Under the guidelines, government scientists are in general free to speak to journalists and the public about their work, and agencies are prohibited from editing or suppressing reports by independent advisory committees.
And the agencies are instructed that when communicating a scientific finding to the public, they should describe its underlying assumptions. For instance, they are told to describe “probabilities associated with both optimistic and pessimistic projections” — a guideline that, had it been in place last summer, might have helped the administration avoid overly optimistic estimates of the BP oil spill.
In a blog entry on the White House Web site, John P. Holdren, President Obama’s science adviser, said the guidelines set “minimum standards” that federal agencies will be expected to meet.
The agencies are to report to Dr. Holdren within 120 days, detailing how they will carry out the policy.
Some scientists praised the new guidelines. “I think they represent several steps in the right direction,” said Albert H. Teich, director of science and policy programs at the American Association for the Advancement of Science in Washington.
But others were disappointed that the four-page document did not provide more specifics. “The guidelines are substantively quite thin,” said Roger A. Pielke Jr., a professor of environmental studies at the University of Colorado.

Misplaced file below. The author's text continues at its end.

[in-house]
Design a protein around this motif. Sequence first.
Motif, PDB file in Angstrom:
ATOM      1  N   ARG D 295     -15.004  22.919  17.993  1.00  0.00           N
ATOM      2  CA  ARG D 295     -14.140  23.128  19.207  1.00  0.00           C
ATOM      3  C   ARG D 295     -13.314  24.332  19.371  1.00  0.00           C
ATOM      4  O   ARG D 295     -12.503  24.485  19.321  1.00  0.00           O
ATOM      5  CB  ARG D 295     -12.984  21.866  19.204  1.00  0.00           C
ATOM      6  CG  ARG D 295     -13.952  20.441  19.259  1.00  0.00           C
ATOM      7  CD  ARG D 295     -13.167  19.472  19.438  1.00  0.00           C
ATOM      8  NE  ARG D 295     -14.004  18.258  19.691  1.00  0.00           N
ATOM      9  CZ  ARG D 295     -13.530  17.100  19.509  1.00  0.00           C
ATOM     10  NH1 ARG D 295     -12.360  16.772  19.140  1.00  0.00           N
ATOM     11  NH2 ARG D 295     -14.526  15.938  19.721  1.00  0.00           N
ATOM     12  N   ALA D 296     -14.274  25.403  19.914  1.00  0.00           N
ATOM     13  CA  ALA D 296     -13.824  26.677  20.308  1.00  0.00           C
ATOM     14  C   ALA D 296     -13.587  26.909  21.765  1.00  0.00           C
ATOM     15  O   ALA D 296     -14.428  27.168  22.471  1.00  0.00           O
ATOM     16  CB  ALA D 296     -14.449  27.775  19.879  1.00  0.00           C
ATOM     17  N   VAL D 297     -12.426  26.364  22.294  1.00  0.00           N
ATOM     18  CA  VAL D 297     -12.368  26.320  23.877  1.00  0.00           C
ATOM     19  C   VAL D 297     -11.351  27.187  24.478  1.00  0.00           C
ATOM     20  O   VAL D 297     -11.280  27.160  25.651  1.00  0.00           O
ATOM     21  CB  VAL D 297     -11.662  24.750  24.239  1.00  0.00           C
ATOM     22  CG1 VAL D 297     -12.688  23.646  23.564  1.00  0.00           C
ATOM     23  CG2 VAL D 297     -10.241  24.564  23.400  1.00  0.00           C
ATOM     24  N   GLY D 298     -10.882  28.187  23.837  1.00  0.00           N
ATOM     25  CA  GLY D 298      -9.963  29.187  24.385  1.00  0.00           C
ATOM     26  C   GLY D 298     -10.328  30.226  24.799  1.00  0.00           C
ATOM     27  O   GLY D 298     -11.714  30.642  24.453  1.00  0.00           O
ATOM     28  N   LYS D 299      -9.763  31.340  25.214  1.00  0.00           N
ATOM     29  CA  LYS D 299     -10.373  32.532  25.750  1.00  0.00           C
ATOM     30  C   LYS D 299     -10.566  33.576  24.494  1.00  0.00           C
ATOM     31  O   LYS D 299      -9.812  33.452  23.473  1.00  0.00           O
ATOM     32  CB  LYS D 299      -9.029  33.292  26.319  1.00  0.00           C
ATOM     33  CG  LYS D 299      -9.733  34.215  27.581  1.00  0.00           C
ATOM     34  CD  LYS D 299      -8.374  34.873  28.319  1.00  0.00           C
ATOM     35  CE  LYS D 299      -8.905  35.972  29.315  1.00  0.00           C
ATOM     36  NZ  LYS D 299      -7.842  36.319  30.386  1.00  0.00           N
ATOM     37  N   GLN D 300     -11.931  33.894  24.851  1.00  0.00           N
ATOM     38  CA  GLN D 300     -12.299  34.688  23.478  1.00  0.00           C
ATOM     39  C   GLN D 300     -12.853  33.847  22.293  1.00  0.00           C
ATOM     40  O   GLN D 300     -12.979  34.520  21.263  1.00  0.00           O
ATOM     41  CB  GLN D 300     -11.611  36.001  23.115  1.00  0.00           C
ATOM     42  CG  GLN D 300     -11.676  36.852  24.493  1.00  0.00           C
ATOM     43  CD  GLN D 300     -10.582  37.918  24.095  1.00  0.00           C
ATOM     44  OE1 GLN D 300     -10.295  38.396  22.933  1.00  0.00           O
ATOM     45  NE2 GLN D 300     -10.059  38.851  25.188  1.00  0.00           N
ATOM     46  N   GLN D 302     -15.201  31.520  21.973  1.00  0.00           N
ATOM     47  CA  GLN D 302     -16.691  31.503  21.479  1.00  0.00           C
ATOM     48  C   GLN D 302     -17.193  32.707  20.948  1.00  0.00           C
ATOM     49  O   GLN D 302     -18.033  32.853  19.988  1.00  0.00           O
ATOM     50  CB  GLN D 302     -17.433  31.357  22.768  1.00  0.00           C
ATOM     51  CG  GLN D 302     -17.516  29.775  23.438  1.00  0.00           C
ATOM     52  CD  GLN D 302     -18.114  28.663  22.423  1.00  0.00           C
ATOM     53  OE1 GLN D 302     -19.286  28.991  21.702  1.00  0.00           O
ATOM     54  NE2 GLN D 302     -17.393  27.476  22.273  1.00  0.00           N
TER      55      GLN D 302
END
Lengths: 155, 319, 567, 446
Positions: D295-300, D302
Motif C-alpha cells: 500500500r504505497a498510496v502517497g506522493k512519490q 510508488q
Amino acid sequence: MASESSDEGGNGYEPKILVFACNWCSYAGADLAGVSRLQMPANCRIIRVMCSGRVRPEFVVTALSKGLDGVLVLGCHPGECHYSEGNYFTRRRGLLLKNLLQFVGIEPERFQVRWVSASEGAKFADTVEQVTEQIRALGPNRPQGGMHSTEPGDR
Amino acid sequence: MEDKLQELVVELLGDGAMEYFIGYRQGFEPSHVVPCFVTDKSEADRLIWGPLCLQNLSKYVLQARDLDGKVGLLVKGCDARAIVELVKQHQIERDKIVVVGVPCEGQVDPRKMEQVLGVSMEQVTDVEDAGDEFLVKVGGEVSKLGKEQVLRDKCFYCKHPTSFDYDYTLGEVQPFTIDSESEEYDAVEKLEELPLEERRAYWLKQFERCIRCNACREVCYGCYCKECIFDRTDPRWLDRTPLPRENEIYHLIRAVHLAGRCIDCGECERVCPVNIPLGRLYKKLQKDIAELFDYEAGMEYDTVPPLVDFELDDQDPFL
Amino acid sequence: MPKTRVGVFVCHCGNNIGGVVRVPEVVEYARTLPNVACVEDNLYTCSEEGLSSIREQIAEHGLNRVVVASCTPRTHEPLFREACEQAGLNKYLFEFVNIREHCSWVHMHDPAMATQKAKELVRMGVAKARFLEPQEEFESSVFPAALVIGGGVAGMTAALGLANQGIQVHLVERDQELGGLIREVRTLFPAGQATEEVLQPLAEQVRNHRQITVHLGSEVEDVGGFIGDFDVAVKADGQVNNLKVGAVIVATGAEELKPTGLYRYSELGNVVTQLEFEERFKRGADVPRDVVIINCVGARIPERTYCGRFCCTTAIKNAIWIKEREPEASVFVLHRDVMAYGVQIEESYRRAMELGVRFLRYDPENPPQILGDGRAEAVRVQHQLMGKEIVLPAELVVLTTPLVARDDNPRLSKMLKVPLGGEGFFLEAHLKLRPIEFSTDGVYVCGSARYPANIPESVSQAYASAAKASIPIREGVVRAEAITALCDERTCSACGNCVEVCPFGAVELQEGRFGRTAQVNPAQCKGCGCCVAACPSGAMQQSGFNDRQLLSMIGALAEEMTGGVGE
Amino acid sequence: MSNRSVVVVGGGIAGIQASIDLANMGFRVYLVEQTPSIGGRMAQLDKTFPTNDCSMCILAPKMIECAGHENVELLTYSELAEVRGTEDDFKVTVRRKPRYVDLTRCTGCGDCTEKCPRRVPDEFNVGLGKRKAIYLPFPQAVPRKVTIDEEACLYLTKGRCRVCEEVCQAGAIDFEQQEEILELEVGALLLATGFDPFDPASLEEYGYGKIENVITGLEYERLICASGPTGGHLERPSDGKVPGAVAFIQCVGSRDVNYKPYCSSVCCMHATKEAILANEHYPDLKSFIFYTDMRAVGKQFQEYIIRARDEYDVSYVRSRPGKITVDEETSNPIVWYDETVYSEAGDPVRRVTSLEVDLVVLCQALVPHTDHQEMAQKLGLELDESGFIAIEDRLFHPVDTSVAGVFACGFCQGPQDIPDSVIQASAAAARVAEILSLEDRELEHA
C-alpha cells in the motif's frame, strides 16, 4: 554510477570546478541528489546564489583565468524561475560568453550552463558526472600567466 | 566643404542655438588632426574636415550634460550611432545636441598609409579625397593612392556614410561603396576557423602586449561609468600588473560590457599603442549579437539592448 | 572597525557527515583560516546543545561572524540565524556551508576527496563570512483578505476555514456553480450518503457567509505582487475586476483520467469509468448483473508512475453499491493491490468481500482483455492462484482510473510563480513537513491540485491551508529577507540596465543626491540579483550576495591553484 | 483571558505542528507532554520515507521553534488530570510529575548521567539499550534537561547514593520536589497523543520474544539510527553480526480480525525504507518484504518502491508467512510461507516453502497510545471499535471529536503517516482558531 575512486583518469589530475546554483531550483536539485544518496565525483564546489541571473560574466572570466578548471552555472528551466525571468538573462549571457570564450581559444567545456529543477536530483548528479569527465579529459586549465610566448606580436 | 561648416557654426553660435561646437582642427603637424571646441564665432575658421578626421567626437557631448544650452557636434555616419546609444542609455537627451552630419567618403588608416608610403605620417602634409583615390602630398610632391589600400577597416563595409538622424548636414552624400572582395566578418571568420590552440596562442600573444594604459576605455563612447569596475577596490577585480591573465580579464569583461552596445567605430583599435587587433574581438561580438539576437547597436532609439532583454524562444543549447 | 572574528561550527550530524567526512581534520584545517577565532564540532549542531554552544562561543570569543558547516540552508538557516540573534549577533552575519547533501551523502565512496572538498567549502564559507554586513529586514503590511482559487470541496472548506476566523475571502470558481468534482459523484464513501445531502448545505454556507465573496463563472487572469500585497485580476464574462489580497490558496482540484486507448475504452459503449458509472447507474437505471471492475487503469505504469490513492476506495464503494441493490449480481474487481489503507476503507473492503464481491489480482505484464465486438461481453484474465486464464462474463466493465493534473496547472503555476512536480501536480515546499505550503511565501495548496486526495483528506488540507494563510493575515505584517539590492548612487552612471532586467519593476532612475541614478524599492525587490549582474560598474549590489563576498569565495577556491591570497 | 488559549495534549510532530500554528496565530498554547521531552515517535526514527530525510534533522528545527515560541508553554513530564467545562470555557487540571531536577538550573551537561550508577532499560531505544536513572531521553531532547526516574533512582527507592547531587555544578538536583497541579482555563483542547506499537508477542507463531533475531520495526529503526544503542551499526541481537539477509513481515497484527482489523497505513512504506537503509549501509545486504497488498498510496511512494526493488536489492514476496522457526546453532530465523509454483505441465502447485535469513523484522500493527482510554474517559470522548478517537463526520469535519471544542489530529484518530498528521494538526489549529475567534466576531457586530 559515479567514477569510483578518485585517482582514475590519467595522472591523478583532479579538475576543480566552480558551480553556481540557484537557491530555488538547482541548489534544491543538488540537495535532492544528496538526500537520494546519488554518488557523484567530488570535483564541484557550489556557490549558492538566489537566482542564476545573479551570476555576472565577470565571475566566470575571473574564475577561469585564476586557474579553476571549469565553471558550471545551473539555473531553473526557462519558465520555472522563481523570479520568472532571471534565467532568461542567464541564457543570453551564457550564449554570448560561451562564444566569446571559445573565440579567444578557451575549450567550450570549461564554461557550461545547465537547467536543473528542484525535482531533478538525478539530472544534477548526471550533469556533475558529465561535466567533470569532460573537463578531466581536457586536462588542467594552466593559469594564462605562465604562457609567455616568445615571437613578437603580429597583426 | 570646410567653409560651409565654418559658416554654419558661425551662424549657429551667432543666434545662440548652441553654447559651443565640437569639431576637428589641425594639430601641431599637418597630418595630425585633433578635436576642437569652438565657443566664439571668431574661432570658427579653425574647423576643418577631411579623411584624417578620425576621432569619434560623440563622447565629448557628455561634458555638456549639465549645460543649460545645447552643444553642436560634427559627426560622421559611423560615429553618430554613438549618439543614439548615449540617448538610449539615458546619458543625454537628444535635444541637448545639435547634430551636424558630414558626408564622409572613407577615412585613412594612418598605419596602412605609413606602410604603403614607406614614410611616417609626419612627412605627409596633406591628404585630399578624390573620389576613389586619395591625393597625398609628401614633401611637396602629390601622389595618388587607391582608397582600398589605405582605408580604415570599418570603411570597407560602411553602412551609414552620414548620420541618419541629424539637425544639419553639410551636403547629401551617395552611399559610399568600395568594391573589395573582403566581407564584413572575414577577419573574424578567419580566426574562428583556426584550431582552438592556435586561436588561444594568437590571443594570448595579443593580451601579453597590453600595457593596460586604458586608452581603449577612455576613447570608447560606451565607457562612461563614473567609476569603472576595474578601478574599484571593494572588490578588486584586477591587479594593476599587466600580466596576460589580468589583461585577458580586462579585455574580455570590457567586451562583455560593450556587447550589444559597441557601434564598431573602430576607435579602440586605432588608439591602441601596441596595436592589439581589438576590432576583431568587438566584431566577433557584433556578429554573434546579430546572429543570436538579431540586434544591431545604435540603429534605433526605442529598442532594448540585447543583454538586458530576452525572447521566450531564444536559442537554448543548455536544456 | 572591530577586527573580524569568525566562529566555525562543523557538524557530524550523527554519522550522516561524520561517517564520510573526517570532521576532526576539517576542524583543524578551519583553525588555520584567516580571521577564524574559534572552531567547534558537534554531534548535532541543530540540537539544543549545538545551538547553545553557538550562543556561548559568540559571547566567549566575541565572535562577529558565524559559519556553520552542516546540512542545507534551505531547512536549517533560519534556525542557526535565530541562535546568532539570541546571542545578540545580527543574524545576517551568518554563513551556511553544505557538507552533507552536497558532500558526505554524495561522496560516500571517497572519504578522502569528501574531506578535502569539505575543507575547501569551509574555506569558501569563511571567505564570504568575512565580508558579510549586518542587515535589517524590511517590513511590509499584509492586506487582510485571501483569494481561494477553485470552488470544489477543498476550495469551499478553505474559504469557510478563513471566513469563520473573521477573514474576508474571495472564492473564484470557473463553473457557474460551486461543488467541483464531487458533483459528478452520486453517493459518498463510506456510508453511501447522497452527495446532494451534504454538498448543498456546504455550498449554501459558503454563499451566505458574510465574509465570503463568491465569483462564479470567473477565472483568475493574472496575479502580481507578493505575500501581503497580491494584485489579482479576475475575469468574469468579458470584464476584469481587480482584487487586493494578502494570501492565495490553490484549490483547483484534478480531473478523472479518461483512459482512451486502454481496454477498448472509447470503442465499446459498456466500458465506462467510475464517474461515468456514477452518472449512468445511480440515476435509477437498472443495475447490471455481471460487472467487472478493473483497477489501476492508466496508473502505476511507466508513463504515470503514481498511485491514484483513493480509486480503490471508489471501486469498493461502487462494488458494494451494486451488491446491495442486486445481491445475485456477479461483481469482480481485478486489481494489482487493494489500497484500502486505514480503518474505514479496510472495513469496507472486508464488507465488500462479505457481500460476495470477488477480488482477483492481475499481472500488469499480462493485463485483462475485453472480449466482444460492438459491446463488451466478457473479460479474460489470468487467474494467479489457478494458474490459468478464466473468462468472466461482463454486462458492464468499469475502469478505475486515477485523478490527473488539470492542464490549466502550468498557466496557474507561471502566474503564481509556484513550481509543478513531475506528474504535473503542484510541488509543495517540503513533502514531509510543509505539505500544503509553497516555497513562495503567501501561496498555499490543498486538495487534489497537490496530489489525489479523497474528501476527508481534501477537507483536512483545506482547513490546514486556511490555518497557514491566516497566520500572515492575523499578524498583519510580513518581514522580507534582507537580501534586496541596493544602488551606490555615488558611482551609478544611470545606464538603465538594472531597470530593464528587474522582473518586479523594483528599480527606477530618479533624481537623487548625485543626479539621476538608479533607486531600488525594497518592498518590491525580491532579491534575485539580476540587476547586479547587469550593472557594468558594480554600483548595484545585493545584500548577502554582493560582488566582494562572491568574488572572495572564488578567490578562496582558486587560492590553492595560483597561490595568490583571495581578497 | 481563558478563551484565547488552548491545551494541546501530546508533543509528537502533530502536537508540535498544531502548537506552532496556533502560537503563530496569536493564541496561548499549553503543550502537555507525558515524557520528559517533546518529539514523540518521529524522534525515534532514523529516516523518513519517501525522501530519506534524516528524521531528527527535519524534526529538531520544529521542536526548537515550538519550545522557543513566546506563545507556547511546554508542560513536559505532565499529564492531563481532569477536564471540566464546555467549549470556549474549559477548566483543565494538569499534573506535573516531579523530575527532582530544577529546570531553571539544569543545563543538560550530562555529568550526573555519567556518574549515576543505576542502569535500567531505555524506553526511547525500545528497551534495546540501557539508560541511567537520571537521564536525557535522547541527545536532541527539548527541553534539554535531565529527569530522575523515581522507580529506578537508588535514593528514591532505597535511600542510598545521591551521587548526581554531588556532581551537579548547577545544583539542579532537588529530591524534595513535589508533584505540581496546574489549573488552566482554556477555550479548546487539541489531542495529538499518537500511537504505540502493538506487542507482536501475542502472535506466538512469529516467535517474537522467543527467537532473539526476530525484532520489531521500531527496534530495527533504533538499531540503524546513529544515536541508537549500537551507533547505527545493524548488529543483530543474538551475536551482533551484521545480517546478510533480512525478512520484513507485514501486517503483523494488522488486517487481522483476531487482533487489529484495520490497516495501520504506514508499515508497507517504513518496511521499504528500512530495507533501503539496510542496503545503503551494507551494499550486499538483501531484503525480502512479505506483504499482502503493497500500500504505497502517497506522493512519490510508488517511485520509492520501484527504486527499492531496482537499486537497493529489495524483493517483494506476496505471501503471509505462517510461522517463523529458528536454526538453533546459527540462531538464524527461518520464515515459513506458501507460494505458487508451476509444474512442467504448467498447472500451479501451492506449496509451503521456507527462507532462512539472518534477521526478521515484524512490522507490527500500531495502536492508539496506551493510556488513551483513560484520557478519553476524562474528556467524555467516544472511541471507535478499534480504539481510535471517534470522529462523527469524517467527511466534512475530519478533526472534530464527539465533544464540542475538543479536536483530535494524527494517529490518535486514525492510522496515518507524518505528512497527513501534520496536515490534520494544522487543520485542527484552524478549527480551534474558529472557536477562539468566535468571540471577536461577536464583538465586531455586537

The guidelines have their roots in a series of scientific controversies that erupted during the administration of President George W. Bush.
Officials were repeatedly accused of suppressing or even altering research findings, particularly on climate change, to match the political views of the White House. So in March 2009, when Mr. Obama overturned Bush administration limits on stem cellresearch, he set out several principles to “guarantee scientific integrity throughout the executive branch” and added, “We make scientific decisions based on facts, not ideology.”
But though the president called on Dr. Holdren to come up with recommendations within four months, the guidelines did not emerge for over a year and a half.